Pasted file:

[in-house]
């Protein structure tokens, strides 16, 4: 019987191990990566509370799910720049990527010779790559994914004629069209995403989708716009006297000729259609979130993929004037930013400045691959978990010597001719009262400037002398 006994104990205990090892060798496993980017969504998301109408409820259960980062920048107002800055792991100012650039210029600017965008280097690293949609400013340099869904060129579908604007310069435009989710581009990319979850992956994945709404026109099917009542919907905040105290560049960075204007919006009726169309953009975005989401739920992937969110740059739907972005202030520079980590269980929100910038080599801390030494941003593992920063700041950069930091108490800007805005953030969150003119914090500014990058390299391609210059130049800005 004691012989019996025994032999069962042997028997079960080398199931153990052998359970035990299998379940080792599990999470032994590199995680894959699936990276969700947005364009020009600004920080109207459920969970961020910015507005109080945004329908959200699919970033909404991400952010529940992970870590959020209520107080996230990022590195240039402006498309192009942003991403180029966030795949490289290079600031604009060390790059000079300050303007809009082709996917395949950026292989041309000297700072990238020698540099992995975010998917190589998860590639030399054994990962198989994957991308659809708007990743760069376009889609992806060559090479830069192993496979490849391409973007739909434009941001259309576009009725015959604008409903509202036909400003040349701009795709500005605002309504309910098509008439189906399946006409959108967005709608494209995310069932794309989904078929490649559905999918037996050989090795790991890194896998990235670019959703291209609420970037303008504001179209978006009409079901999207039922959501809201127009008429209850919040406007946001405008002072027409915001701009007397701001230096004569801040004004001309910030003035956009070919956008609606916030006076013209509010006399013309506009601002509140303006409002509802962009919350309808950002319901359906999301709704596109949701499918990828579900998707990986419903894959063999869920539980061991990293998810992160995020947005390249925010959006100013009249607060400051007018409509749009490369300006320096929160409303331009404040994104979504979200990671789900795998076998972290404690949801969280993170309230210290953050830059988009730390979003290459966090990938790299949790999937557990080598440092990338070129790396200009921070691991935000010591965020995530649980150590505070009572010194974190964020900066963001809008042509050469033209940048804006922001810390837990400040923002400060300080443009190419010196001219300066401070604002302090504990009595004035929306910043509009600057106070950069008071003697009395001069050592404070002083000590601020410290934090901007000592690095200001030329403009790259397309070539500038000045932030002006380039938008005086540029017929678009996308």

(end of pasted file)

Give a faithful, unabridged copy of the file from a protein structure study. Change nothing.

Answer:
[in-house]
């Protein structure tokens, strides 16, 4: 019987191990990566509370799910720049990527010779790559994914004629069209995403989708716009006297000729259609979130993929004037930013400045691959978990010597001719009262400037002398 006994104990205990090892060798496993980017969504998301109408409820259960980062920048107002800055792991100012650039210029600017965008280097690293949609400013340099869904060129579908604007310069435009989710581009990319979850992956994945709404026109099917009542919907905040105290560049960075204007919006009726169309953009975005989401739920992937969110740059739907972005202030520079980590269980929100910038080599801390030494941003593992920063700041950069930091108490800007805005953030969150003119914090500014990058390299391609210059130049800005 004691012989019996025994032999069962042997028997079960080398199931153990052998359970035990299998379940080792599990999470032994590199995680894959699936990276969700947005364009020009600004920080109207459920969970961020910015507005109080945004329908959200699919970033909404991400952010529940992970870590959020209520107080996230990022590195240039402006498309192009942003991403180029966030795949490289290079600031604009060390790059000079300050303007809009082709996917395949950026292989041309000297700072990238020698540099992995975010998917190589998860590639030399054994990962198989994957991308659809708007990743760069376009889609992806060559090479830069192993496979490849391409973007739909434009941001259309576009009725015959604008409903509202036909400003040349701009795709500005605002309504309910098509008439189906399946006409959108967005709608494209995310069932794309989904078929490649559905999918037996050989090795790991890194896998990235670019959703291209609420970037303008504001179209978006009409079901999207039922959501809201127009008429209850919040406007946001405008002072027409915001701009007397701001230096004569801040004004001309910030003035956009070919956008609606916030006076013209509010006399013309506009601002509140303006409002509802962009919350309808950002319901359906999301709704596109949701499918990828579900998707990986419903894959063999869920539980061991990293998810992160995020947005390249925010959006100013009249607060400051007018409509749009490369300006320096929160409303331009404040994104979504979200990671789900795998076998972290404690949801969280993170309230210290953050830059988009730390979003290459966090990938790299949790999937557990080598440092990338070129790396200009921070691991935000010591965020995530649980150590505070009572010194974190964020900066963001809008042509050469033209940048804006922001810390837990400040923002400060300080443009190419010196001219300066401070604002302090504990009595004035929306910043509009600057106070950069008071003697009395001069050592404070002083000590601020410290934090901007000592690095200001030329403009790259397309070539500038000045932030002006380039938008005086540029017929678009996308």